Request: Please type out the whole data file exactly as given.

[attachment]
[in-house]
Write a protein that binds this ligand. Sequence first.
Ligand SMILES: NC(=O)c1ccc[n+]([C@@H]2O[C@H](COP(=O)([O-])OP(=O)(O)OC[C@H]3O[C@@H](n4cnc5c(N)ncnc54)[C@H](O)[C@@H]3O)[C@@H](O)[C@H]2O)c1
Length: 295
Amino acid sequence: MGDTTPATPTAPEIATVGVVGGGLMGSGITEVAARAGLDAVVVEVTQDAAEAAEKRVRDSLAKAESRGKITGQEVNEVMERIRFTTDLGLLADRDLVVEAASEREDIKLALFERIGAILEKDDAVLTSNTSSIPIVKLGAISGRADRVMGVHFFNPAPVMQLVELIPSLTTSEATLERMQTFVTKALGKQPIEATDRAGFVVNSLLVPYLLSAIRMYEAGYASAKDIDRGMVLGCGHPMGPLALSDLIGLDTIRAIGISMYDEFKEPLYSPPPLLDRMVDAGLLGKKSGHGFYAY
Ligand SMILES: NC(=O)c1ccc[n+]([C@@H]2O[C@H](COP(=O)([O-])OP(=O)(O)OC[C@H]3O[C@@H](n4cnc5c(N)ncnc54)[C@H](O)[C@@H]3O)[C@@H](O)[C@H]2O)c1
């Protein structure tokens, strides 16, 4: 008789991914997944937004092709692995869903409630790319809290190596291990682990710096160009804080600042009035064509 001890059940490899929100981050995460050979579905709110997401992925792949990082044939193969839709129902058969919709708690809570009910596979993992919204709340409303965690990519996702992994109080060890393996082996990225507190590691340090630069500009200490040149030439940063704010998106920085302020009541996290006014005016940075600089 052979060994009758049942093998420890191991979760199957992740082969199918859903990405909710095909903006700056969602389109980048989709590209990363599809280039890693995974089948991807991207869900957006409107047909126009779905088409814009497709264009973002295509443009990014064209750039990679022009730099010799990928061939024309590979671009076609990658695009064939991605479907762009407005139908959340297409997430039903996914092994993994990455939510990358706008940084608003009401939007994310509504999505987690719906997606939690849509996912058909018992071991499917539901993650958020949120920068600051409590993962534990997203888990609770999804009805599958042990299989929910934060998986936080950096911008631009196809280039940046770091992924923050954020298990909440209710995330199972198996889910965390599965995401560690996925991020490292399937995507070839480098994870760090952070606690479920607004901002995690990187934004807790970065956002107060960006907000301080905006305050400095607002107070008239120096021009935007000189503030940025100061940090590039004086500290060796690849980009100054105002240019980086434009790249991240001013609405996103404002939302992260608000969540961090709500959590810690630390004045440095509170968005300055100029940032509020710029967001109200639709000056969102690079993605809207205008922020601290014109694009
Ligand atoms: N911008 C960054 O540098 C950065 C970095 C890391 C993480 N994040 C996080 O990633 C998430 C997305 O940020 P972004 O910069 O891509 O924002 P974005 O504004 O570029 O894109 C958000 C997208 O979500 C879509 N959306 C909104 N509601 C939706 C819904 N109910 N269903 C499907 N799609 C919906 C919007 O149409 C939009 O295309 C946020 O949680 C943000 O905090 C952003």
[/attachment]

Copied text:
[in-house]
Write a protein that binds this ligand. Sequence first.
Ligand SMILES: NC(=O)c1ccc[n+]([C@@H]2O[C@H](COP(=O)([O-])OP(=O)(O)OC[C@H]3O[C@@H](n4cnc5c(N)ncnc54)[C@H](O)[C@@H]3O)[C@@H](O)[C@H]2O)c1
Length: 295
Amino acid sequence: MGDTTPATPTAPEIATVGVVGGGLMGSGITEVAARAGLDAVVVEVTQDAAEAAEKRVRDSLAKAESRGKITGQEVNEVMERIRFTTDLGLLADRDLVVEAASEREDIKLALFERIGAILEKDDAVLTSNTSSIPIVKLGAISGRADRVMGVHFFNPAPVMQLVELIPSLTTSEATLERMQTFVTKALGKQPIEATDRAGFVVNSLLVPYLLSAIRMYEAGYASAKDIDRGMVLGCGHPMGPLALSDLIGLDTIRAIGISMYDEFKEPLYSPPPLLDRMVDAGLLGKKSGHGFYAY
Ligand SMILES: NC(=O)c1ccc[n+]([C@@H]2O[C@H](COP(=O)([O-])OP(=O)(O)OC[C@H]3O[C@@H](n4cnc5c(N)ncnc54)[C@H](O)[C@@H]3O)[C@@H](O)[C@H]2O)c1
């Protein structure tokens, strides 16, 4: 008789991914997944937004092709692995869903409630790319809290190596291990682990710096160009804080600042009035064509 001890059940490899929100981050995460050979579905709110997401992925792949990082044939193969839709129902058969919709708690809570009910596979993992919204709340409303965690990519996702992994109080060890393996082996990225507190590691340090630069500009200490040149030439940063704010998106920085302020009541996290006014005016940075600089 052979060994009758049942093998420890191991979760199957992740082969199918859903990405909710095909903006700056969602389109980048989709590209990363599809280039890693995974089948991807991207869900957006409107047909126009779905088409814009497709264009973002295509443009990014064209750039990679022009730099010799990928061939024309590979671009076609990658695009064939991605479907762009407005139908959340297409997430039903996914092994993994990455939510990358706008940084608003009401939007994310509504999505987690719906997606939690849509996912058909018992071991499917539901993650958020949120920068600051409590993962534990997203888990609770999804009805599958042990299989929910934060998986936080950096911008631009196809280039940046770091992924923050954020298990909440209710995330199972198996889910965390599965995401560690996925991020490292399937995507070839480098994870760090952070606690479920607004901002995690990187934004807790970065956002107060960006907000301080905006305050400095607002107070008239120096021009935007000189503030940025100061940090590039004086500290060796690849980009100054105002240019980086434009790249991240001013609405996103404002939302992260608000969540961090709500959590810690630390004045440095509170968005300055100029940032509020710029967001109200639709000056969102690079993605809207205008922020601290014109694009
Ligand atoms: N911008 C960054 O540098 C950065 C970095 C890391 C993480 N994040 C996080 O990633 C998430 C997305 O940020 P972004 O910069 O891509 O924002 P974005 O504004 O570029 O894109 C958000 C997208 O979500 C879509 N959306 C909104 N509601 C939706 C819904 N109910 N269903 C499907 N799609 C919906 C919007 O149409 C939009 O295309 C946020 O949680 C943000 O905090 C952003």